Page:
The game table 10 should provide sufficient stability for rough play, and preferably have areas for a logo or nameplate and for score keeping. The game table 10 may also include a play object return 27 for returning the play object after a point or goal is scored. The game table 10 may also accommodate mechanisms for coin- or credit card-operated use 29 as shown in FIGS. 7 and 8, including a ball release valve 31, for example for use in commercial establishments such as restaurants, bars, or arcades.

Referring now to FIG. 3, the play object 30, for example a hollow ball, is light enough to be moveable by a flow of gas, such as air. Suitable materials include plastic, cork and other lightweight materials. Where the game is soccer, the play object 30 is preferably about the size and weight of a ping-pong ball and may be thematically coloured white, yellow, or black and white, or black and yellow in the pattern of a soccer ball.

An enclosing cover 35, which is preferably transparent plastic, may be attached to the table 10 so as to be positioned a sufficient distance above the play surface 20 to allow room for the play object 30 to rise above the play surface 20, and still allow players to view the play surface 20. The enclosing cover 35 may be flat or curved, and close to the play surface 20 or farther away, as desired. The enclosing cover 35 shields the play surface 20 from air currents proximate the play surface 20 which might oppose or affect the bursts of gas from the jets 50, thus providing more reliable movement and speed of the play object 30 during play. The enclosing cover 35 also prevents the play object 30 from leaving the play surface 20 and game table 10 entirely, and protects the play surface 20 and jets 50 from food and drink spills or other damage. Enclosing cover 35 may include an opening for inserting the play object 30 to start or resume play. Alternatively, there may be an opening 28 in the walls of game table 10 for inserting the play object 30 to start or resume play.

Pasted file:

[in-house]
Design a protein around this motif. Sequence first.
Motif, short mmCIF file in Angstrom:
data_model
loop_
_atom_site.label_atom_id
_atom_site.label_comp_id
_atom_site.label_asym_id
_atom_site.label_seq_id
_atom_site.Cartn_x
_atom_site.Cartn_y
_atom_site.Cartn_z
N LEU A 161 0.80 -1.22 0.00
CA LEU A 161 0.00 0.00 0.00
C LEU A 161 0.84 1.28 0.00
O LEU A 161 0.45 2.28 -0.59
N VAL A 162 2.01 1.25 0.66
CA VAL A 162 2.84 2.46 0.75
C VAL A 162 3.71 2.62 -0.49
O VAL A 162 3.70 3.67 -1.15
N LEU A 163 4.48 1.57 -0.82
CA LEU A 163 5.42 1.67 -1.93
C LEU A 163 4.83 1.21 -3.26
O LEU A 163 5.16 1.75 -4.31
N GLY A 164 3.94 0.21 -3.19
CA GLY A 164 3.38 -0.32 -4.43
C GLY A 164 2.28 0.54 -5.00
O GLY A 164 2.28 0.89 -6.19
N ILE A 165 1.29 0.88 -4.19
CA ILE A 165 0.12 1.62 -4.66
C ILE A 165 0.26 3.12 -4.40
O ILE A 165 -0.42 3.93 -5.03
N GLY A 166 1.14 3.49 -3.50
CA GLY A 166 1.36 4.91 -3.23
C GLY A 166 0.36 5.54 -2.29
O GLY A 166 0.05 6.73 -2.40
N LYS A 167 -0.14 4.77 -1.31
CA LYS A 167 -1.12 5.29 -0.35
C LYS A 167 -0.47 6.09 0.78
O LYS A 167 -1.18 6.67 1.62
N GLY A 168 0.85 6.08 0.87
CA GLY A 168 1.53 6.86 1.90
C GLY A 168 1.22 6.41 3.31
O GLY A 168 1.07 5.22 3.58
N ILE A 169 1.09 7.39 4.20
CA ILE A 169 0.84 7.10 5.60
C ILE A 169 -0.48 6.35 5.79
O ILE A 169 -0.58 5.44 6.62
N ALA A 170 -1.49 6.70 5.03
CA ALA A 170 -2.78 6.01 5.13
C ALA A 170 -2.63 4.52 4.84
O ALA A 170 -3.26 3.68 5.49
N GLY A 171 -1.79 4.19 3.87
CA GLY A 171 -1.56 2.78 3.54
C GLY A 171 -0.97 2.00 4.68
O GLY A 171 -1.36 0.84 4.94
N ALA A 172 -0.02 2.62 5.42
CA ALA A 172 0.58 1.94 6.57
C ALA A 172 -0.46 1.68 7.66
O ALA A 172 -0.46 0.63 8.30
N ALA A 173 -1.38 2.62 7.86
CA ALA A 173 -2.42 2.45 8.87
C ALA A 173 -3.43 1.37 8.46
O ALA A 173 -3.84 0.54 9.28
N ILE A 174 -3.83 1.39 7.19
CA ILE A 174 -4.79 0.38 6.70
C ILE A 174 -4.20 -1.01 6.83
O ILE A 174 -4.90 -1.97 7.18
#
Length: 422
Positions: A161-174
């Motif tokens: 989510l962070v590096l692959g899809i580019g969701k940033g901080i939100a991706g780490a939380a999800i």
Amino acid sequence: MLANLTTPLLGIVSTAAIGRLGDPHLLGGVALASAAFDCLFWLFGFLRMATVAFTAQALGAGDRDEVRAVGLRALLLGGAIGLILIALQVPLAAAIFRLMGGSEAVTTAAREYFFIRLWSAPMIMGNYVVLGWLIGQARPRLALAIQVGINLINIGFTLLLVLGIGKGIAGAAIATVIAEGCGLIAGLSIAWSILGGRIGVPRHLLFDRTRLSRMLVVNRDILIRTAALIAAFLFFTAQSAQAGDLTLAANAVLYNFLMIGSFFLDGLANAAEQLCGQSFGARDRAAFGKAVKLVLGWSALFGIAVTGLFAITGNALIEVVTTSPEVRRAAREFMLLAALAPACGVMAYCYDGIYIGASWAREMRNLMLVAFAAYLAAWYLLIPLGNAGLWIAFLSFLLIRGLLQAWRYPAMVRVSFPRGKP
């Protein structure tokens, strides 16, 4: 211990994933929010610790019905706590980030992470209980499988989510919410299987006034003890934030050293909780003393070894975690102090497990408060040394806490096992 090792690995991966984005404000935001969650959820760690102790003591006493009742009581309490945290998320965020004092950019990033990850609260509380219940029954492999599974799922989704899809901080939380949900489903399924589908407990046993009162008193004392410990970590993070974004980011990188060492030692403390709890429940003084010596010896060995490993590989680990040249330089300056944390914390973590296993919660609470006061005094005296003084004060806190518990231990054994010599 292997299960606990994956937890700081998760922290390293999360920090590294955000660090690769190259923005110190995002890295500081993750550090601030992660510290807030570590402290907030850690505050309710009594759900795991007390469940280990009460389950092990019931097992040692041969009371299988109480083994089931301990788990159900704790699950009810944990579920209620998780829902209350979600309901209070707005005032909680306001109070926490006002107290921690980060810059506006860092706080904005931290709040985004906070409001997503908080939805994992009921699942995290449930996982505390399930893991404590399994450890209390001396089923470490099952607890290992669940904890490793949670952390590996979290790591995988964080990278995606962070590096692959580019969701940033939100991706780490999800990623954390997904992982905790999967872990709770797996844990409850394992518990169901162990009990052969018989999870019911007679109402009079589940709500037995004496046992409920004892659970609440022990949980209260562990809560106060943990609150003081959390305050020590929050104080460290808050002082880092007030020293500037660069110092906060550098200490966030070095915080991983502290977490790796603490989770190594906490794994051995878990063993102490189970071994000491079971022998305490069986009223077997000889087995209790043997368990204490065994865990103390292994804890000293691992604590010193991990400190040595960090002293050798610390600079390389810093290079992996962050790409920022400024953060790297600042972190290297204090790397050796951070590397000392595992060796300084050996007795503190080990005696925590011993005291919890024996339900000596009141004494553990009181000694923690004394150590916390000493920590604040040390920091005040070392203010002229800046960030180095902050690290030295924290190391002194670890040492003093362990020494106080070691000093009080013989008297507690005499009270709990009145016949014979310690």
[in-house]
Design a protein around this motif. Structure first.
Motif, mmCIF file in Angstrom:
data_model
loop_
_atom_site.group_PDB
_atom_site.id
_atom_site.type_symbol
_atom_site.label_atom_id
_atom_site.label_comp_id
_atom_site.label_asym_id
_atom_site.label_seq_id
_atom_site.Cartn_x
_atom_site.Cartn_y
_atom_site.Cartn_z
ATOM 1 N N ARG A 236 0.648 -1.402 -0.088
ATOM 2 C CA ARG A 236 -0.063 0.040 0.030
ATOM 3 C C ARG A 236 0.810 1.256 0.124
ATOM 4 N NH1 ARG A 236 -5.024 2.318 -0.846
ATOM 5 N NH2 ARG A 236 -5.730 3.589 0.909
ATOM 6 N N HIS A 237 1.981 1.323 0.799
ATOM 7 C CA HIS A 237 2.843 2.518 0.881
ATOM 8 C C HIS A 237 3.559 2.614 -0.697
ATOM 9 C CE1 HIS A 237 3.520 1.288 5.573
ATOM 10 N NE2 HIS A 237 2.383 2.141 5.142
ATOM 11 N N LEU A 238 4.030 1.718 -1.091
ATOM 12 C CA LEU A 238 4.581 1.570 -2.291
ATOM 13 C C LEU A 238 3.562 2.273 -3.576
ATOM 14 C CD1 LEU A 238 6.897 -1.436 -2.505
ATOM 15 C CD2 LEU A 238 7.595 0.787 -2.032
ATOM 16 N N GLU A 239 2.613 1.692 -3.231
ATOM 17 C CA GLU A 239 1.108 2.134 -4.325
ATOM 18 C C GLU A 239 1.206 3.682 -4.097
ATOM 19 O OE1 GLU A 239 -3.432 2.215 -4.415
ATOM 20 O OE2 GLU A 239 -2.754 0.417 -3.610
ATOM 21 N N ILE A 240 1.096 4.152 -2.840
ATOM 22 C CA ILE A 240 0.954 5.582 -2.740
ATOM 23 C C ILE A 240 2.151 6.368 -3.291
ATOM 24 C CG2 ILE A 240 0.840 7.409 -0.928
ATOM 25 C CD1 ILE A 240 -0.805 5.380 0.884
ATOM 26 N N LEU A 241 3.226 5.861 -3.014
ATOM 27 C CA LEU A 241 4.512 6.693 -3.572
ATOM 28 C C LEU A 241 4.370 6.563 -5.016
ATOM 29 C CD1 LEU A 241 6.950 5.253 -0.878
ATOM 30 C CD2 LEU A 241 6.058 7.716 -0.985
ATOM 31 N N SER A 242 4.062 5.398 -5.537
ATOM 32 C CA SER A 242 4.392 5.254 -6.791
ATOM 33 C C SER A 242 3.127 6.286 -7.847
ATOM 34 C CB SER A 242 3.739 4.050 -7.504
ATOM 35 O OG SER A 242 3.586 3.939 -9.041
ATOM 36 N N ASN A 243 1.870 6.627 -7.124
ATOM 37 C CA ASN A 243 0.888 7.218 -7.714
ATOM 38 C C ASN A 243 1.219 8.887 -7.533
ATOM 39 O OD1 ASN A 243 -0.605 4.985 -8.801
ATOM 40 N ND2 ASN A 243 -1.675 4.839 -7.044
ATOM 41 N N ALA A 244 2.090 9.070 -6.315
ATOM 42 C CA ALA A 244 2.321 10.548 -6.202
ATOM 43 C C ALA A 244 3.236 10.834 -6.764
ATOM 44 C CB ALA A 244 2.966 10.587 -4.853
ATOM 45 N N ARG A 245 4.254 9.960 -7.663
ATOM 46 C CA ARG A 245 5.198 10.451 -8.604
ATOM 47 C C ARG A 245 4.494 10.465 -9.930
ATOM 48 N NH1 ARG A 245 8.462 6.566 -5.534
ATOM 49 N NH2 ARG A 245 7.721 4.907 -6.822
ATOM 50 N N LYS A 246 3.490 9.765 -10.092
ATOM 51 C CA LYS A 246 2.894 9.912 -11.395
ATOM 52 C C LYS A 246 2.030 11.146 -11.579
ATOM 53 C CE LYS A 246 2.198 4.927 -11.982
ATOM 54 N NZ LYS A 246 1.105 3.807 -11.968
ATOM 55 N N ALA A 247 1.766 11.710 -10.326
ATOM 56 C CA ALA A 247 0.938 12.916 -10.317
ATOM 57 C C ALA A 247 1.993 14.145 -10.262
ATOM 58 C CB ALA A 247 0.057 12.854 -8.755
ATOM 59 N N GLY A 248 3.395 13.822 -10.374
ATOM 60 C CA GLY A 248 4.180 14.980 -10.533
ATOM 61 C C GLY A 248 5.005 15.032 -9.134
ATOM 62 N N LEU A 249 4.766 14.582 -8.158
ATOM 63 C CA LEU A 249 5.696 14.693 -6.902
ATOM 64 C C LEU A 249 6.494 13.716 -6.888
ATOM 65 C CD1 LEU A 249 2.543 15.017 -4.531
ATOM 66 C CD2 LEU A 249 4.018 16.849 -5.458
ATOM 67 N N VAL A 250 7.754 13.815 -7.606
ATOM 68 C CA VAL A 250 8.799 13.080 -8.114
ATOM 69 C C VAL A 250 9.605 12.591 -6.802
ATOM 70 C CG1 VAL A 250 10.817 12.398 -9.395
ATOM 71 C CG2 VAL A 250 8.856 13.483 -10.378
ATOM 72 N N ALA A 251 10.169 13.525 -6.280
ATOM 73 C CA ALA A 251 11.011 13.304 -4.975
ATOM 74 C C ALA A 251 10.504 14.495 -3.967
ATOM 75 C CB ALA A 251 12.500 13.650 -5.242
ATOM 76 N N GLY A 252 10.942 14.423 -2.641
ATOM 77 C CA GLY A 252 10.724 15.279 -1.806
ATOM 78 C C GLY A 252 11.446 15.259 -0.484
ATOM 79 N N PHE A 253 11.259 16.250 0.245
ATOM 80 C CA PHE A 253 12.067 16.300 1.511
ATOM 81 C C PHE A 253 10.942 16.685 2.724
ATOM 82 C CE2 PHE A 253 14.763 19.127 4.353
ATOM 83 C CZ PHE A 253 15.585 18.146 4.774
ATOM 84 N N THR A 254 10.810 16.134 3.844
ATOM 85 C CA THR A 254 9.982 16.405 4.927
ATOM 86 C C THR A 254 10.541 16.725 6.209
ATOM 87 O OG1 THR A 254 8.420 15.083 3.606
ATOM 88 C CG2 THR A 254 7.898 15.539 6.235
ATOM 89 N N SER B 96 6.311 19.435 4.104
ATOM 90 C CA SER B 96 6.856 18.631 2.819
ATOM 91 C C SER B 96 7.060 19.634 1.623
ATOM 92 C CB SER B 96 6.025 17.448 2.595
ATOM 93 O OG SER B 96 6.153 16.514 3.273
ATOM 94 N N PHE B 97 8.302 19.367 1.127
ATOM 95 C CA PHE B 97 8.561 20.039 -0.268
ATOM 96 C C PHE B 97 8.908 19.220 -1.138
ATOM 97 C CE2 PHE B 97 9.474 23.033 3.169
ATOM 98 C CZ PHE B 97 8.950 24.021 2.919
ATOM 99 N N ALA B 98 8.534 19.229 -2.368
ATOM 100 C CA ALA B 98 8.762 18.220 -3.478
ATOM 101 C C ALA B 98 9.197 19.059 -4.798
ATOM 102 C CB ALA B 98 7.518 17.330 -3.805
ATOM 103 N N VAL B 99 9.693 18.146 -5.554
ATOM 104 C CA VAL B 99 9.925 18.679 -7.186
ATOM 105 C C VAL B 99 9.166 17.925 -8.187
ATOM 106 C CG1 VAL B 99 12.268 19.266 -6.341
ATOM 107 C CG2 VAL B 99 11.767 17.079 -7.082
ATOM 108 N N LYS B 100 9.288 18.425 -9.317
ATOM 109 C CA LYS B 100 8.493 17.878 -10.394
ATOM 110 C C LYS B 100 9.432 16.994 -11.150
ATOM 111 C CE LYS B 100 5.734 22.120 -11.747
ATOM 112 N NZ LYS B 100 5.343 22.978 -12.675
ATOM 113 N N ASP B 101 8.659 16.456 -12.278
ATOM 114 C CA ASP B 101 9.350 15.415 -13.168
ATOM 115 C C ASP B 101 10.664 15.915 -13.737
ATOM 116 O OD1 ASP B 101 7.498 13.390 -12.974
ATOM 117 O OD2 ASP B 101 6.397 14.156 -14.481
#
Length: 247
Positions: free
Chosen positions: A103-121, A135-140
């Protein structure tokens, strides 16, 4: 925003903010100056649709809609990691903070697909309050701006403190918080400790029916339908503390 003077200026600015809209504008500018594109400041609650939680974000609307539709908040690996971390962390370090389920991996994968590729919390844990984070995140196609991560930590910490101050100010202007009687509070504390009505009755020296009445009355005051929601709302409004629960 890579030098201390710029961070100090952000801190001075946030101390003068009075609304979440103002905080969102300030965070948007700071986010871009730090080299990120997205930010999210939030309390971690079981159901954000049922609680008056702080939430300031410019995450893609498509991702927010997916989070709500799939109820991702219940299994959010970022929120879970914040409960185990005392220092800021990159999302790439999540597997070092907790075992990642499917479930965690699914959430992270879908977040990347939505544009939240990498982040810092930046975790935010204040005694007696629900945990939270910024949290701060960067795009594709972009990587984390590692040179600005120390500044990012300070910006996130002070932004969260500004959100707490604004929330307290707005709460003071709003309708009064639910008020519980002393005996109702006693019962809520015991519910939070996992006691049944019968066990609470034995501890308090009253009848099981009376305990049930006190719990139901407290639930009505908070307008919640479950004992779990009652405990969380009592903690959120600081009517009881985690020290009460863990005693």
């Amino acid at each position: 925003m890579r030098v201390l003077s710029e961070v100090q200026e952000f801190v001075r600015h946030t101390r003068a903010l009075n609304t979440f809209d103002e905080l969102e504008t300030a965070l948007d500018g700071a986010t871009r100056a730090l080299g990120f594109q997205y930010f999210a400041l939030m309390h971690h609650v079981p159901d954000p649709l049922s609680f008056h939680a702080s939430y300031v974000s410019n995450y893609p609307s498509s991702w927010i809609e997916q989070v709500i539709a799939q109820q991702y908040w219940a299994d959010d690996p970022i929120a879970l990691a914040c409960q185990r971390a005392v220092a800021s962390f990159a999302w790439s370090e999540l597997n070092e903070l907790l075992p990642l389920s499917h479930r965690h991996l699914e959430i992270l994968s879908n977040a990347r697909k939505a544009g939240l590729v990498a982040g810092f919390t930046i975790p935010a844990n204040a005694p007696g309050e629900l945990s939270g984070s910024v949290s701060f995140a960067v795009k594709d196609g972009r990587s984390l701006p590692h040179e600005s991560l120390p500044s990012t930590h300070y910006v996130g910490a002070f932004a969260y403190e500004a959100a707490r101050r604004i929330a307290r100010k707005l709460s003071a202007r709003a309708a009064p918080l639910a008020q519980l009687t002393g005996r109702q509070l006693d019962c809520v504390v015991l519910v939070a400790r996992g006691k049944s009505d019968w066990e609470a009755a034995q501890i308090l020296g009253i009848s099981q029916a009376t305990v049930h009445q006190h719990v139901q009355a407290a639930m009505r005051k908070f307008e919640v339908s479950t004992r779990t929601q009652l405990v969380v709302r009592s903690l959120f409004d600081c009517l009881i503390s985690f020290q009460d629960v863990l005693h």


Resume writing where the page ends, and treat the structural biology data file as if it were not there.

The source of compressed gas is capable of providing a flow of gas (for example air) sufficient to move the play object 30 across the play surface 20 of the game table 10. Gas may be supplied by a compressor 40 or an air pump, such as a linear magnetic pump 45, or from a compressed gas canister or any other suitable source of compressed gas, at a pressure sufficient to provide the flow of gas necessary to move the play object 30 across the play surface 20. In a preferred embodiment, the source of compressed gas may be mounted on game table 10, for example to the underside of the table 10.

In a preferred embodiment, the source of compressed gas contains air at a pressure of 30-60 psi (1-2 scfm), which is suitable for use with 0.25″ pneumatic tubing to move a play object 30 that is about the size and weight of a ping-pong ball. Different pressures may be used, varying with the cross-sectional area of the jets 50, the size and weight of the ball, and the shape and friction of the play surface 20 and the desired play object speed.

A plurality of jets 50 are positioned in communication with, preferably proximate to, the play surface 20, for directing the flow of gas to move the play object 30 across the play surface 20. The plurality of jets 50 is coupled to the source of compressed gas by a plurality of isolated conduits such as pneumatic tubing 60. In a preferred embodiment, a jet 50 has a teardrop-shaped opening, as shown in FIG. 6B, and the jet 50 is at a preferred 10 to 30 degree angle to the plane of the play surface surrounding the opening, as shown in FIG. 6C, so the flow of gas out of the jet 50 directs the play object 30 in a forward motion as opposed to up and off the play surface 20.

Each jet 50 may be stationary or adjustable. If the jet is stationary, it is preferably integral with the game table 10 and its orientation cannot be adjusted. In the embodiment shown in FIG. 3, the jet 50 is integral to the game table 10 and there is a channel through the table 10 to the jet 50. Preferably, the channel has a tube receiving portion 53 and a tube blocking portion 54. The tube receiving portion 53 has a circumference large enough to allow pneumatic tubing 60 to be inserted into and pushed up the channel until the pneumatic tubing 60 reaches the tube blocking portion 54. The circumference of the tube blocking portion 54 is sized to prevent the pneumatic tubing 60 from entering the tube blocking portion 54 of the channel while allowing gas to flow from the pneumatic tubing 60 through the tube blocking portion 54 of the channel to the jet 50.